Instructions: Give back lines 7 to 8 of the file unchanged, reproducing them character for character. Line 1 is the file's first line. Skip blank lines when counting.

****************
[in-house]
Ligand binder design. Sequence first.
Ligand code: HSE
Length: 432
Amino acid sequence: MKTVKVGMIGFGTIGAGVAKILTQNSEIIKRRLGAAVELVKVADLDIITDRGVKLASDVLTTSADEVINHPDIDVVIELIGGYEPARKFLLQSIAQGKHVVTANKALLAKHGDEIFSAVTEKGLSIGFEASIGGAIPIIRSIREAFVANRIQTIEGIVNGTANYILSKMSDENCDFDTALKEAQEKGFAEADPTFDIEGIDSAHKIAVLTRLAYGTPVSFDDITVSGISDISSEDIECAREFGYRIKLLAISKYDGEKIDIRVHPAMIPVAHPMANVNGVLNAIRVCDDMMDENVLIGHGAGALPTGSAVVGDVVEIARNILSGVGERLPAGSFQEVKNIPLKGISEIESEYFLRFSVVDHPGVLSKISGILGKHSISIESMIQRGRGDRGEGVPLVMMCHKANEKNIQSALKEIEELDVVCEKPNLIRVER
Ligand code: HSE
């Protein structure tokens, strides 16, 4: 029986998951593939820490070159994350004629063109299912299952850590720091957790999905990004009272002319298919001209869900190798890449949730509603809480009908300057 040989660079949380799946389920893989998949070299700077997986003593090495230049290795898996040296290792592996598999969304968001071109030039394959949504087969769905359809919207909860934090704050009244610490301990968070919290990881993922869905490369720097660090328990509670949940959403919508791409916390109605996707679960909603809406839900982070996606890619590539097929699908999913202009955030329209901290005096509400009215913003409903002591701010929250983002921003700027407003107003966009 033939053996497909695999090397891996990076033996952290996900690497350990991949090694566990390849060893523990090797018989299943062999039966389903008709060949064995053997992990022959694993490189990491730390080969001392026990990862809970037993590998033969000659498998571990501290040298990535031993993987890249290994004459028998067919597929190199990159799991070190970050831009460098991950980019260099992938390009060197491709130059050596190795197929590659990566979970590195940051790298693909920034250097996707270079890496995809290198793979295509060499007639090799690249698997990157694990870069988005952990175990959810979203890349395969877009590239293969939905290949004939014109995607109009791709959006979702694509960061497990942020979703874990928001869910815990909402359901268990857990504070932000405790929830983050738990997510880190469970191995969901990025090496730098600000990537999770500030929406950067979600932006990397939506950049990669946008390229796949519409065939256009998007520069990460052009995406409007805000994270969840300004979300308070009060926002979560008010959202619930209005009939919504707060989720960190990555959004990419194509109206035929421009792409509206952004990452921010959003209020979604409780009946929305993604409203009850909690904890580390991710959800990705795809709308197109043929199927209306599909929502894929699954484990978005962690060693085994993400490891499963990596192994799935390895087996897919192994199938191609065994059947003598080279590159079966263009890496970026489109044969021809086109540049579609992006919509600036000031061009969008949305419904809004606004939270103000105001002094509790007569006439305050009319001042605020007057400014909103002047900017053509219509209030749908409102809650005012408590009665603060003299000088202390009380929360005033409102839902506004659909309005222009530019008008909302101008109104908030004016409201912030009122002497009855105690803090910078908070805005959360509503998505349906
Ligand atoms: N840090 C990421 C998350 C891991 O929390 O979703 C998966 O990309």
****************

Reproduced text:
């Protein structure tokens, strides 16, 4: 029986998951593939820490070159994350004629063109299912299952850590720091957790999905990004009272002319298919001209869900190798890449949730509603809480009908300057 040989660079949380799946389920893989998949070299700077997986003593090495230049290795898996040296290792592996598999969304968001071109030039394959949504087969769905359809919207909860934090704050009244610490301990968070919290990881993922869905490369720097660090328990509670949940959403919508791409916390109605996707679960909603809406839900982070996606890619590539097929699908999913202009955030329209901290005096509400009215913003409903002591701010929250983002921003700027407003107003966009 033939053996497909695999090397891996990076033996952290996900690497350990991949090694566990390849060893523990090797018989299943062999039966389903008709060949064995053997992990022959694993490189990491730390080969001392026990990862809970037993590998033969000659498998571990501290040298990535031993993987890249290994004459028998067919597929190199990159799991070190970050831009460098991950980019260099992938390009060197491709130059050596190795197929590659990566979970590195940051790298693909920034250097996707270079890496995809290198793979295509060499007639090799690249698997990157694990870069988005952990175990959810979203890349395969877009590239293969939905290949004939014109995607109009791709959006979702694509960061497990942020979703874990928001869910815990909402359901268990857990504070932000405790929830983050738990997510880190469970191995969901990025090496730098600000990537999770500030929406950067979600932006990397939506950049990669946008390229796949519409065939256009998007520069990460052009995406409007805000994270969840300004979300308070009060926002979560008010959202619930209005009939919504707060989720960190990555959004990419194509109206035929421009792409509206952004990452921010959003209020979604409780009946929305993604409203009850909690904890580390991710959800990705795809709308197109043929199927209306599909929502894929699954484990978005962690060693085994993400490891499963990596192994799935390895087996897919192994199938191609065994059947003598080279590159079966263009890496970026489109044969021809086109540049579609992006919509600036000031061009969008949305419904809004606004939270103000105001002094509790007569006439305050009319001042605020007057400014909103002047900017053509219509209030749908409102809650005012408590009665603060003299000088202390009380929360005033409102839902506004659909309005222009530019008008909302101008109104908030004016409201912030009122002497009855105690803090910078908070805005959360509503998505349906
Ligand atoms: N840090 C990421 C998350 C891991 O929390 O979703 C998966 O990309």